Happy birthday to ‘The Wizard…’

‘The Wizard of Oz’ is celebrating its 80th anniversary this year. There will be two screenings of the movie in the area during the next week.



“The Wizard of Oz” starring Judy Garland is one of those films that was declared a classic upon its release and is still considered a classic by fans and critics decades later.

The film, which is celebrating its 80th anniversary this year, was called a “delightful fantasy” by New York Daily News’ critic Kate Cameron when it was released in 1939.

On Aug. 18, 1939, The New York Times’ critic Frank S. Nugent said, “Not since Disney’s ‘Snow White’ has anything quite so fantastic succeeded half so well… It is all so well-intentioned, so genial and so gay that any reviewer who would look down his nose at the fun-making should be spanked and sent off, supperless, to bed.”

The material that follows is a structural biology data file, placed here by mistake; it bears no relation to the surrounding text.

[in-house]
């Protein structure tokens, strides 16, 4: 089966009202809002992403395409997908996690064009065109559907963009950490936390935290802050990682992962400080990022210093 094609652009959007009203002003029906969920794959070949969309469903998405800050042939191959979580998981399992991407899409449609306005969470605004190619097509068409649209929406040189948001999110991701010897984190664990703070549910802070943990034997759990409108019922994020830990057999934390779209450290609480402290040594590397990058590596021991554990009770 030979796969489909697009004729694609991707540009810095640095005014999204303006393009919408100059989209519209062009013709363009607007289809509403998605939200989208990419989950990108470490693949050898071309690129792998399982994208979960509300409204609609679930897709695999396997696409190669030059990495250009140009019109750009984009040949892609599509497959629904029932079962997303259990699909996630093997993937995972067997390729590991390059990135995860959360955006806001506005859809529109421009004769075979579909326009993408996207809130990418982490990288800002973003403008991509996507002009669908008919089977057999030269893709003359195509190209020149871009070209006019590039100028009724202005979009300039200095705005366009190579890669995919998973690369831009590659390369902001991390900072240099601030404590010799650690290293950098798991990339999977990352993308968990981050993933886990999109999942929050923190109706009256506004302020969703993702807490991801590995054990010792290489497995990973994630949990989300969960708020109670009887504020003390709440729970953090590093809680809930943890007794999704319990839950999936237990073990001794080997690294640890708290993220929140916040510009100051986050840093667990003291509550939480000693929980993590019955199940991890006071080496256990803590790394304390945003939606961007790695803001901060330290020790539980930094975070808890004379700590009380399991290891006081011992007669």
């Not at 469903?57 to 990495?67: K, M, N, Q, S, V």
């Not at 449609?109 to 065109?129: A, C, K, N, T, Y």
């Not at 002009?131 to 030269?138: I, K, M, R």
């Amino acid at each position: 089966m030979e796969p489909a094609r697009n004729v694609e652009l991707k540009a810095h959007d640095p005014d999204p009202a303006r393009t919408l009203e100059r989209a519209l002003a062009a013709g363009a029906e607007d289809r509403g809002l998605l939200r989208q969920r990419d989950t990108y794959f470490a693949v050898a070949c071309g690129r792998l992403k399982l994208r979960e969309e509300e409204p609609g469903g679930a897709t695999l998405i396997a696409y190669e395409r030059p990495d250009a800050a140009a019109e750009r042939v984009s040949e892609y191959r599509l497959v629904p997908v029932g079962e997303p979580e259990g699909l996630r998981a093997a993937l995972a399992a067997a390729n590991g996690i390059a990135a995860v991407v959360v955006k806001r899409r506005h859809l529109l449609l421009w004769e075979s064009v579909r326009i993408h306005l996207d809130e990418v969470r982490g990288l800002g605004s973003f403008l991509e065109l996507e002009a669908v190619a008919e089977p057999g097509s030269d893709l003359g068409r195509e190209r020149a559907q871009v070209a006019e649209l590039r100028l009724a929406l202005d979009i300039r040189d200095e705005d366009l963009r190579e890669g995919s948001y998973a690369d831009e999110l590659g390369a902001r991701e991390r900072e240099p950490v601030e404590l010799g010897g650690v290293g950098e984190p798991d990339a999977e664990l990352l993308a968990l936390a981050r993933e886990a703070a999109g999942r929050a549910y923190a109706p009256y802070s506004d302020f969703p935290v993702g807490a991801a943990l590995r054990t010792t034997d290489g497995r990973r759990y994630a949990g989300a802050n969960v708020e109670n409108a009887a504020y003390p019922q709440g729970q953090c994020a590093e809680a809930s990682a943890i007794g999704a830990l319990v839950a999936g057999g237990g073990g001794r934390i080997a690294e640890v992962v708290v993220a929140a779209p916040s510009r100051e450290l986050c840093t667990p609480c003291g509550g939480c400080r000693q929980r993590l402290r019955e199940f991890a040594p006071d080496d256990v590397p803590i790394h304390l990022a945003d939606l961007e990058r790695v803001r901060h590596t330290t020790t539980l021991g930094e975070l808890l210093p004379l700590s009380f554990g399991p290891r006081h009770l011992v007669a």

Decades later, audiences of all ages still take delight in the adventures of Dorothy Gale, the Scarecrow, the Tin Man, the Cowardly Lion, and the Wicked Witch.

“My earliest memory of watching ‘The Wizard of Oz’ was actually when I had a nightmare about the Wicked Witch of the West when I was 3,” said Southington’s Kylie McCarthy. “It was a bit random since it was certainly not the first time I watched it.”

“My earliest memories of ‘The Wizard of Oz,’ is (watching it) playing outside down in Greensboro, N.C. during the summers of 1962- 1969,” said Southington resident Mary Sargent. “There was rioting and curfews because of the Vietnam War, the shooting of the Kennedys and (Martin Luther King, Jr.). (But) the night of the movie, it felt like a holiday.”